Mankind has the potential to make of Earth a virtually inhospitable place. 50 animals and plants have already disappeared thanks to climate change and 1274 were listed as critically endangered by it as of March, 2016. The trees in the Andean region are trying to reach higher places to find cooler areas where they can exist -and the millenary trees in Tasmania’s Gondwana Forest have been turned to ashes by bushfires –once again- caused by climate change (Richmond Vale, 2016). China is buying clean air because of the perpetual polluted fog over its cities and flashfloods, such as those in Houston, are becoming increasingly common. In other parts of the world, however, lakes are drying up and water is scarce. It is safe to say that climate actions until now have not been very effective.
According to this article on the UN’s Chronicle, it took the global community seven years to implement the Kyoto Protocol, which is often called the most influential of climate actions so far. By signing it, industrialized countries were pledging to reduce their greenhouse gas emissions by 5% between 2008 and 2012. However, global emissions of carbon dioxide, the most common greenhouse gas, have risen by 50% since 1990. Furthermore, emissions have increased more quickly in the last decade than they did in the three previous ones, crossing the 400 ppm mark in 2015. Also in 2015, the global surface temperature crossed the 1ºC mark over pre-industrial levels.
Urgent and significant climate actions are needed before it becomes a case of too little, too late. Climate change is offsetting ecosystems, mutilating biodiversity and setting the stage for a planet that, in the future, will not sustain life as it is known today. A global warming of 2ºC is the absolute maximum human race can withstand without a humanitarian crisis like mankind has never seen before. In a business-as usual mindset, the warming could be of over 3ºC, which would have catastrophic effects. However, climate actions are not necessary only to stop temperatures from reaching the top limit, but to curb it now.
Some coastal towns in the Nigerian state of Akwa Ibom are already relocating due to extreme floods and sea level rise. In other parts of the world, extreme temperatures are stopping workers from fulfilling their tasks in arid countries. In 2003, 35,000 people died due to heat stress caused by a heatwave that covered the entirety of Europe. France suffered the bulk of the losses, with 14,802 deaths. Sadly, this was not an isolated case and 700 more people died in 2015 because of another heatwave. It is alarming to think that the temperatures reached during heatwaves will be the norm during summer if warming goes on.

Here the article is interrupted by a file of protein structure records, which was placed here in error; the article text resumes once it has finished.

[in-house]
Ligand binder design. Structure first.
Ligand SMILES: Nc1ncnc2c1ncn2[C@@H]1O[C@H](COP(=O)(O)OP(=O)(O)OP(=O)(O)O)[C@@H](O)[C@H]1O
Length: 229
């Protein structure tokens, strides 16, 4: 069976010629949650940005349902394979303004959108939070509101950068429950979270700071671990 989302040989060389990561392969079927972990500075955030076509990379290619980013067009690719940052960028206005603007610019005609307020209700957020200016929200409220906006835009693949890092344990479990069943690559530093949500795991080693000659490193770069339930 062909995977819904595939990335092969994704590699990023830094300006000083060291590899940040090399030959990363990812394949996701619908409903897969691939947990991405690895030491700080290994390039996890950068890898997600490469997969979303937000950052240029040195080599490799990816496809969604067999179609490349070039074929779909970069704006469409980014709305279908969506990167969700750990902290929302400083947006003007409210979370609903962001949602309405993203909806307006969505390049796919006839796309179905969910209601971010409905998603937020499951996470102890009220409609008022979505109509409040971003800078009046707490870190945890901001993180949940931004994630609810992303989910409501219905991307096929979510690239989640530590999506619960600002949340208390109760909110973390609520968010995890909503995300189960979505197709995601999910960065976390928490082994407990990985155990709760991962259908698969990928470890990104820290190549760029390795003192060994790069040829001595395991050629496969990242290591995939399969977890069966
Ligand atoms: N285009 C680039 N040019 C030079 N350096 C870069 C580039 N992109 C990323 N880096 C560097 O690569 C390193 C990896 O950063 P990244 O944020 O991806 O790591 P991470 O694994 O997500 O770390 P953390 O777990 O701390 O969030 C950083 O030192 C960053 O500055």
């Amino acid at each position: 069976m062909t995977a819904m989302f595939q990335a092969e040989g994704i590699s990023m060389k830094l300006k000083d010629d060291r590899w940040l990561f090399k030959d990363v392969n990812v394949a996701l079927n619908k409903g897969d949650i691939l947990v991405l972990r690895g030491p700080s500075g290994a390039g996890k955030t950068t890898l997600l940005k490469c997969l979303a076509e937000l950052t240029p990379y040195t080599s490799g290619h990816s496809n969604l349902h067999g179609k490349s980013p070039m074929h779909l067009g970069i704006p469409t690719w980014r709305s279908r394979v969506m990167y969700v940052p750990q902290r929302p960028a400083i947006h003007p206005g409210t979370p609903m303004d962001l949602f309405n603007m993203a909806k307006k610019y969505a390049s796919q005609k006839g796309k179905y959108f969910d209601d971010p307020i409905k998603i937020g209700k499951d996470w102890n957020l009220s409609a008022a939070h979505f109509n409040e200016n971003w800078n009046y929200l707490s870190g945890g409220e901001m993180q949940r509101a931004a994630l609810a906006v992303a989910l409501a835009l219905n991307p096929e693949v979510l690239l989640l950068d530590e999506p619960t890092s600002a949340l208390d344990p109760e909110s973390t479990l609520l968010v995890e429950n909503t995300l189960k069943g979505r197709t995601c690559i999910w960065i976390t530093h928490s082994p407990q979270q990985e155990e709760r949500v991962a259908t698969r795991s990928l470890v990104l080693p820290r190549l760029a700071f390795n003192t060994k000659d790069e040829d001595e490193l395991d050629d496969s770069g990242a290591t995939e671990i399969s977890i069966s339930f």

But the future is not entirely bleak. Strategic and holistic climate actions are set to take place within the framework of the 2030 Agenda for Sustainable Development, specifically Global Goal 13, which is cited below:
Global Goal 13 also seeks the acknowledgement of the United Nations Framework Convention on Climate Change as the primary international, intergovernmental forum for negotiating the global response to climate change. Furthermore, Global Goal 13 provides two guidelines regarding the climate actions and policies that must be designed and implemented by all countries in order to diminish the current effects of climate change and prevent further ones.
The urgency of effective and sustainable climate actions cannot be stressed enough. Most of all, a global conscience that promotes the use of cleaner ways of energy and a cleaner way of living must be promoted. After all, “emissions anywhere affect people everywhere” (UN, 2015). The time of taking climate actions is now, not tomorrow or after another climate change summit. The global scientific community agrees on the fact that taking longer to implement climate-policies at a national and international level will require more drastic measures in the future. So let’s get moving.